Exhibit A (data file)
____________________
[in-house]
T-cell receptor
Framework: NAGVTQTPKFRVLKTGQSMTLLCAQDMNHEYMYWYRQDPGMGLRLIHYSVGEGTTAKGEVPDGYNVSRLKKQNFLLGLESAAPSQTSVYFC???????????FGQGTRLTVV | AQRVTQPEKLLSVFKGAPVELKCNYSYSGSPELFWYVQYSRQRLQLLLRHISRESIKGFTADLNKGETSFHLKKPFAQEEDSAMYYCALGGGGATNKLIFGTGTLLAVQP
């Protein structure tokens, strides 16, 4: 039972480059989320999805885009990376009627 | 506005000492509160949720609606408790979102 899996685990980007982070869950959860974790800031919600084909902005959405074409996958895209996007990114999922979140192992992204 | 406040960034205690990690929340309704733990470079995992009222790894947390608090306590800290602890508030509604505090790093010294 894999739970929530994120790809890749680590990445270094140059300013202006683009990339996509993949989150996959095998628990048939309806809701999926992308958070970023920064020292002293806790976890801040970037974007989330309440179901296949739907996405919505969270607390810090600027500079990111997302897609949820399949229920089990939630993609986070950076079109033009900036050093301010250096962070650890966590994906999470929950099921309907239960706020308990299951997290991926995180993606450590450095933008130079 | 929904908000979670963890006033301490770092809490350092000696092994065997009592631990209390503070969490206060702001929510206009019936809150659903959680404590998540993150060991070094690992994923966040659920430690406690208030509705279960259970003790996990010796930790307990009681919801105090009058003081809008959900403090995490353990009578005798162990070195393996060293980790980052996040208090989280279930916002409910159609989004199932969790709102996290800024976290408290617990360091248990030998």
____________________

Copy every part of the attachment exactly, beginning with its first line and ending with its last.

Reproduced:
[in-house]
T-cell receptor
Framework: NAGVTQTPKFRVLKTGQSMTLLCAQDMNHEYMYWYRQDPGMGLRLIHYSVGEGTTAKGEVPDGYNVSRLKKQNFLLGLESAAPSQTSVYFC???????????FGQGTRLTVV | AQRVTQPEKLLSVFKGAPVELKCNYSYSGSPELFWYVQYSRQRLQLLLRHISRESIKGFTADLNKGETSFHLKKPFAQEEDSAMYYCALGGGGATNKLIFGTGTLLAVQP
């Protein structure tokens, strides 16, 4: 039972480059989320999805885009990376009627 | 506005000492509160949720609606408790979102 899996685990980007982070869950959860974790800031919600084909902005959405074409996958895209996007990114999922979140192992992204 | 406040960034205690990690929340309704733990470079995992009222790894947390608090306590800290602890508030509604505090790093010294 894999739970929530994120790809890749680590990445270094140059300013202006683009990339996509993949989150996959095998628990048939309806809701999926992308958070970023920064020292002293806790976890801040970037974007989330309440179901296949739907996405919505969270607390810090600027500079990111997302897609949820399949229920089990939630993609986070950076079109033009900036050093301010250096962070650890966590994906999470929950099921309907239960706020308990299951997290991926995180993606450590450095933008130079 | 929904908000979670963890006033301490770092809490350092000696092994065997009592631990209390503070969490206060702001929510206009019936809150659903959680404590998540993150060991070094690992994923966040659920430690406690208030509705279960259970003790996990010796930790307990009681919801105090009058003081809008959900403090995490353990009578005798162990070195393996060293980790980052996040208090989280279930916002409910159609989004199932969790709102996290800024976290408290617990360091248990030998």